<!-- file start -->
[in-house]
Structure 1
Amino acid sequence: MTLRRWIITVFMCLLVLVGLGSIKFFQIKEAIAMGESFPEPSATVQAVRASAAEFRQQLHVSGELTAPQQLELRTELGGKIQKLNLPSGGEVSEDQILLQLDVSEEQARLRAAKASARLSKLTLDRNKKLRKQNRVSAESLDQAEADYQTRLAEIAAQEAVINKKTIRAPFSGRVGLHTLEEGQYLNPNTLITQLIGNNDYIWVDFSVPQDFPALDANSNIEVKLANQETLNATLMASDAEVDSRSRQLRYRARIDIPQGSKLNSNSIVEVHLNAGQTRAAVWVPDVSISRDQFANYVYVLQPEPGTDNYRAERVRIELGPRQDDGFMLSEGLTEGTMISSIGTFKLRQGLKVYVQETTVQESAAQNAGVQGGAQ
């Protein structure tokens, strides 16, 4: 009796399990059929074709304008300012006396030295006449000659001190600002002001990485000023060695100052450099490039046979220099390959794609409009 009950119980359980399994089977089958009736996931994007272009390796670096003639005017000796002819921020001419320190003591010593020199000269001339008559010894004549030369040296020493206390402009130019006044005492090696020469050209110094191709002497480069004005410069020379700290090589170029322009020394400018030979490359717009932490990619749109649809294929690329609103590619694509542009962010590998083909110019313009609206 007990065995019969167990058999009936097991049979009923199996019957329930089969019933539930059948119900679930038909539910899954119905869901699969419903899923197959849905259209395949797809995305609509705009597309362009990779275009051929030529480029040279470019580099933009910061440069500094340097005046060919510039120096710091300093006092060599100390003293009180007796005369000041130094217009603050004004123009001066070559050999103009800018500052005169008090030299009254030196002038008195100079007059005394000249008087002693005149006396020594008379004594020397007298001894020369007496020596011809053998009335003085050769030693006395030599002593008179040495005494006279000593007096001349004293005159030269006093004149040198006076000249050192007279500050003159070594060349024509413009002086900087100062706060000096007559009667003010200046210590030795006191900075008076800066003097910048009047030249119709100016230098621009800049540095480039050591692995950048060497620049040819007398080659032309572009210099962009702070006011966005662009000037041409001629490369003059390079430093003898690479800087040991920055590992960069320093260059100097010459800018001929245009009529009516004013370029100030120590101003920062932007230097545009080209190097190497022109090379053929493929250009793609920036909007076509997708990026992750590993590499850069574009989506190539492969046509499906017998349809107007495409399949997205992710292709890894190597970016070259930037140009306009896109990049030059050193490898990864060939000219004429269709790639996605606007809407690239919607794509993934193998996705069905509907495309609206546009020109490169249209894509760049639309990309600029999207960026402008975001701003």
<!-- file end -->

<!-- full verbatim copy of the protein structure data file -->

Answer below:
[in-house]
Structure 1
Amino acid sequence: MTLRRWIITVFMCLLVLVGLGSIKFFQIKEAIAMGESFPEPSATVQAVRASAAEFRQQLHVSGELTAPQQLELRTELGGKIQKLNLPSGGEVSEDQILLQLDVSEEQARLRAAKASARLSKLTLDRNKKLRKQNRVSAESLDQAEADYQTRLAEIAAQEAVINKKTIRAPFSGRVGLHTLEEGQYLNPNTLITQLIGNNDYIWVDFSVPQDFPALDANSNIEVKLANQETLNATLMASDAEVDSRSRQLRYRARIDIPQGSKLNSNSIVEVHLNAGQTRAAVWVPDVSISRDQFANYVYVLQPEPGTDNYRAERVRIELGPRQDDGFMLSEGLTEGTMISSIGTFKLRQGLKVYVQETTVQESAAQNAGVQGGAQ
């Protein structure tokens, strides 16, 4: 009796399990059929074709304008300012006396030295006449000659001190600002002001990485000023060695100052450099490039046979220099390959794609409009 009950119980359980399994089977089958009736996931994007272009390796670096003639005017000796002819921020001419320190003591010593020199000269001339008559010894004549030369040296020493206390402009130019006044005492090696020469050209110094191709002497480069004005410069020379700290090589170029322009020394400018030979490359717009932490990619749109649809294929690329609103590619694509542009962010590998083909110019313009609206 007990065995019969167990058999009936097991049979009923199996019957329930089969019933539930059948119900679930038909539910899954119905869901699969419903899923197959849905259209395949797809995305609509705009597309362009990779275009051929030529480029040279470019580099933009910061440069500094340097005046060919510039120096710091300093006092060599100390003293009180007796005369000041130094217009603050004004123009001066070559050999103009800018500052005169008090030299009254030196002038008195100079007059005394000249008087002693005149006396020594008379004594020397007298001894020369007496020596011809053998009335003085050769030693006395030599002593008179040495005494006279000593007096001349004293005159030269006093004149040198006076000249050192007279500050003159070594060349024509413009002086900087100062706060000096007559009667003010200046210590030795006191900075008076800066003097910048009047030249119709100016230098621009800049540095480039050591692995950048060497620049040819007398080659032309572009210099962009702070006011966005662009000037041409001629490369003059390079430093003898690479800087040991920055590992960069320093260059100097010459800018001929245009009529009516004013370029100030120590101003920062932007230097545009080209190097190497022109090379053929493929250009793609920036909007076509997708990026992750590993590499850069574009989506190539492969046509499906017998349809107007495409399949997205992710292709890894190597970016070259930037140009306009896109990049030059050193490898990864060939000219004429269709790639996605606007809407690239919607794509993934193998996705069905509907495309609206546009020109490169249209894509760049639309990309600029999207960026402008975001701003």